Living Like My Buddy, George…

(Re-posted by request)

How You Live Life

My friend George loved life. At his 75 birthday, I asked him, “How does it feel to have reached three-quarters of a century?” He said, “Great! Except I feel like a 17-year old trapped inside the body of an old man!”

He punctuated his words with an exaggerated, slow-motion soft shoe routine.

tv2When George retired from the United States Postal Service, he set up shop in his garage as a TV repairman. Even before George began advertising his services, he knew that his customers were too poor to pay for his meager labor, much less the costly parts needed for repairs.

How You Love Those Around You

George didn’t mind. He’d say, “That’s alright. Don’t worry about paying me. But,” he’d add with a wink, “If there’s ever a time you end up with an extra can of cold beer in your possession, I wouldn’t mind seeing you again!”

At 77, the years had finally caught up with George. After beating cancer twice and enduring years of kidney dialysis, George entered hospice.

The same warmth and love George displayed his entire life still burned brightly during his last days.

Thanks to the expert pain-management medication administered by the hospice team, George did not suffer, and he slept most of the time. But when he was awake, he’d tease the nurses and joke with his family as if this hospice thing were just another part of life: inconvenient, yes, but just another chapter in his story.

How You Care For Others

A couple of days before he passed, George’s favorite nurse named Jean came by to see him on her day off. Heavily sedated, George’s eyes didn’t flutter when she leaned over him and whispered, “George, your whole family is here, standing around your bed in a circle. And I’m here, too, just stopping by to check on you, my dear friend.”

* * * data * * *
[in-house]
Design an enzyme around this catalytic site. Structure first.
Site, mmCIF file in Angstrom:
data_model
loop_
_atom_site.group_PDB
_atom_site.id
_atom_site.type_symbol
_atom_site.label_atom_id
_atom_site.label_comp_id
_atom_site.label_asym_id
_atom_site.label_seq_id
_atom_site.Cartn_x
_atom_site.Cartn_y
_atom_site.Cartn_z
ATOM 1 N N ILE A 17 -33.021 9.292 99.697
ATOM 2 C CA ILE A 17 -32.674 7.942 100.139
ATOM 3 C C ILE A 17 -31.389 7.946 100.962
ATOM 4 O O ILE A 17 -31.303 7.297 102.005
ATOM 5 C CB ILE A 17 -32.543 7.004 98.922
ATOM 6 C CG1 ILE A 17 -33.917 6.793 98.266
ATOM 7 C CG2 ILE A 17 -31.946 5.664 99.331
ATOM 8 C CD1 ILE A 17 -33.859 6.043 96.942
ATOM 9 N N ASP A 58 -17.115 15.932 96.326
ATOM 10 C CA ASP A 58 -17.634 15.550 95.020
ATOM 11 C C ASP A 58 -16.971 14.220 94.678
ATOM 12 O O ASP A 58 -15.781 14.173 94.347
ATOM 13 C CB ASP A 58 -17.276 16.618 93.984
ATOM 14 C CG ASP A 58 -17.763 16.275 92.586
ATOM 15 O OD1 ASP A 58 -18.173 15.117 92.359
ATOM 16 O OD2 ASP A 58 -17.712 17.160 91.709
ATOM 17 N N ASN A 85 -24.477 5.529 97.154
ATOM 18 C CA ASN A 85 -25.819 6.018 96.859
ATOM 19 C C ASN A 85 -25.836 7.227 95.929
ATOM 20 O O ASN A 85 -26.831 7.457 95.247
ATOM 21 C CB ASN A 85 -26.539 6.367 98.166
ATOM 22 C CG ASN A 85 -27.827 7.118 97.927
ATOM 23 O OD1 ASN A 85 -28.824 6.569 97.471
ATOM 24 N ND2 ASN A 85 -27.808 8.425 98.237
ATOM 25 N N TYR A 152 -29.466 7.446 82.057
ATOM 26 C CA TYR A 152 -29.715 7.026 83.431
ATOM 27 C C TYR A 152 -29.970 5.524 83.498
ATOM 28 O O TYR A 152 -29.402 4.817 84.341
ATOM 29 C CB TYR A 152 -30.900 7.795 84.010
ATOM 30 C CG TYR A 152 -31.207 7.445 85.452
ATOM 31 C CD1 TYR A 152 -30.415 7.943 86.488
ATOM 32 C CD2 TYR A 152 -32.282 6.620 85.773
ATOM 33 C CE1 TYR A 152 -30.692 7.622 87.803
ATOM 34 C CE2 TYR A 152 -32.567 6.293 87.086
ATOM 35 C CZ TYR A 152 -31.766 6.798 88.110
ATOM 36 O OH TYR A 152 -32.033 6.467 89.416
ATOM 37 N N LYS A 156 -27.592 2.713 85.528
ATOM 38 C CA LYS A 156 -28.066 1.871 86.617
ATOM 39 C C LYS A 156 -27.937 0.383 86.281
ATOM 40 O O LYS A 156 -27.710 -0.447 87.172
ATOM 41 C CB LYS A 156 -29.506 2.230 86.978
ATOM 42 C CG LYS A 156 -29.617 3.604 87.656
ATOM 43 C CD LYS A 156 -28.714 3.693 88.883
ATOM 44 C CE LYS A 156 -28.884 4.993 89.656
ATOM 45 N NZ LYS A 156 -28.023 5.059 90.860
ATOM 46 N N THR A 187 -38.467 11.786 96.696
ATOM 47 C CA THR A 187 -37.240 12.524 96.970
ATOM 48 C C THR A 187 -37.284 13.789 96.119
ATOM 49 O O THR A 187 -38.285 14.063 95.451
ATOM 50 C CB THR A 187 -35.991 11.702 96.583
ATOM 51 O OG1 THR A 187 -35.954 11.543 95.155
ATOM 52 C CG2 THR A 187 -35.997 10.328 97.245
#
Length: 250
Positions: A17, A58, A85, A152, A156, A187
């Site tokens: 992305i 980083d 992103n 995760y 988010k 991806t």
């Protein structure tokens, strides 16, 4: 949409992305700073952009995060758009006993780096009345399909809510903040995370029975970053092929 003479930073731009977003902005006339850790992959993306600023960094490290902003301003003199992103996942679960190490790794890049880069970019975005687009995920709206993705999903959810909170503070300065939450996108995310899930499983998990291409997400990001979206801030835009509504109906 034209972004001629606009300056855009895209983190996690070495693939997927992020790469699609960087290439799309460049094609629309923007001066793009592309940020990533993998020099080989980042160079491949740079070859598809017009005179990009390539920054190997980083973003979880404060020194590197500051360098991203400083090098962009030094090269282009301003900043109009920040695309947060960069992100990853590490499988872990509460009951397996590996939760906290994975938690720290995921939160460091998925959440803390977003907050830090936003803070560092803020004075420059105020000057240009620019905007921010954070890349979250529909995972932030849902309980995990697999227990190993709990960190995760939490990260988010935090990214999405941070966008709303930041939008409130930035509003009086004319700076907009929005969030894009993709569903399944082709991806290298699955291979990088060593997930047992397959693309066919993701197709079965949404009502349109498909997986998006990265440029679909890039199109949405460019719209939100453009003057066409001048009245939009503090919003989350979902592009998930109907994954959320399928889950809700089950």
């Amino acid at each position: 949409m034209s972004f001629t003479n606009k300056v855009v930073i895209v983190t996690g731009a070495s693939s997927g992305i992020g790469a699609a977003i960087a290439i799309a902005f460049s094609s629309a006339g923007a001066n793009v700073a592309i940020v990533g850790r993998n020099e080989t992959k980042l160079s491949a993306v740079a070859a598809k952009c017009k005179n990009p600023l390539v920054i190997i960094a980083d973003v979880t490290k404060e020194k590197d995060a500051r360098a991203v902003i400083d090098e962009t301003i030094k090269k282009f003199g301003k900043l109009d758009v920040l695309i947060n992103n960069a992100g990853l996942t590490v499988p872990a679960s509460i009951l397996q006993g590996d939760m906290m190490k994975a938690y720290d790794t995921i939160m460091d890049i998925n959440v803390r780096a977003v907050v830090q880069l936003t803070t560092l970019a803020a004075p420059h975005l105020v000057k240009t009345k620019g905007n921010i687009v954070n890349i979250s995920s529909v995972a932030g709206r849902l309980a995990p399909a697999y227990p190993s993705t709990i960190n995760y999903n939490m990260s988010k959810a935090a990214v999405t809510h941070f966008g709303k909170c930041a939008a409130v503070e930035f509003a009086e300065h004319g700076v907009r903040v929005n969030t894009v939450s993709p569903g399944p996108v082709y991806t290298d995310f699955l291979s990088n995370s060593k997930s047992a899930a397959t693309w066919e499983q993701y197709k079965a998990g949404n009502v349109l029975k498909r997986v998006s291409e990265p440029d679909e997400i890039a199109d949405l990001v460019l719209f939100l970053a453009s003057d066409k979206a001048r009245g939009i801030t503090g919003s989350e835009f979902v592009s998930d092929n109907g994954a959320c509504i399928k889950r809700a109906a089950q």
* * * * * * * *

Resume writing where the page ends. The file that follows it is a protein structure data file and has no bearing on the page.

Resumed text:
She held his hands and rubbed them gently. After a while, she leaned over him again and said, “I have to go now, George. We understand that it’s almost your time to go. I want you to know that I will always remember you and the way you’ve made me laugh.” Then she kissed his old, wrinkled forehead.

As she turned to leave, George’s eyes fluttered for a moment. He opened them just as Jean turned around.

How You Make Others Feel

George called out hoarsely, “Jean. Wait.”

Jean quickly returned to his bedside.

“Before you go,” George said clearing his throat, “would you do something for me?” he asked weakly.

“Anything, George,” Jean smiled sweetly, her eyes brimming with tears.

“Would you turn around and back into my hand,” he said as he brought his fingers towards his thumb, “so I can pinch your bottom one more time?”

Tears cascaded down the faces of every person in his room. The hospice staff all knew that George would not allow a nurse to enter his presence sad. Or leave sad. Throughout his end-of-life care, medical professionals and family members would walk into his room saddened by his imminent passing, but they would exit wiping tears of laughter and joy in celebration of George’s life, even as that life began to fade.